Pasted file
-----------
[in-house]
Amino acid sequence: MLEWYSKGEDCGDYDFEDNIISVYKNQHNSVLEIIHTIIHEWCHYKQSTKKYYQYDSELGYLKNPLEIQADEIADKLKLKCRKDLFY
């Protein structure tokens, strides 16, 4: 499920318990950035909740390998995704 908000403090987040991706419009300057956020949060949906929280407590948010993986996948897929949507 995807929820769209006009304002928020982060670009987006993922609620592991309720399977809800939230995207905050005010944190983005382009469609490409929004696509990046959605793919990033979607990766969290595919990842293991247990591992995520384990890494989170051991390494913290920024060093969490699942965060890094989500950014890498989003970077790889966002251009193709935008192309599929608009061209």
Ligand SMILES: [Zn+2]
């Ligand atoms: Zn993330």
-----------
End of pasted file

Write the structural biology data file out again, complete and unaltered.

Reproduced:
[in-house]
Amino acid sequence: MLEWYSKGEDCGDYDFEDNIISVYKNQHNSVLEIIHTIIHEWCHYKQSTKKYYQYDSELGYLKNPLEIQADEIADKLKLKCRKDLFY
């Protein structure tokens, strides 16, 4: 499920318990950035909740390998995704 908000403090987040991706419009300057956020949060949906929280407590948010993986996948897929949507 995807929820769209006009304002928020982060670009987006993922609620592991309720399977809800939230995207905050005010944190983005382009469609490409929004696509990046959605793919990033979607990766969290595919990842293991247990591992995520384990890494989170051991390494913290920024060093969490699942965060890094989500950014890498989003970077790889966002251009193709935008192309599929608009061209």
Ligand SMILES: [Zn+2]
């Ligand atoms: Zn993330």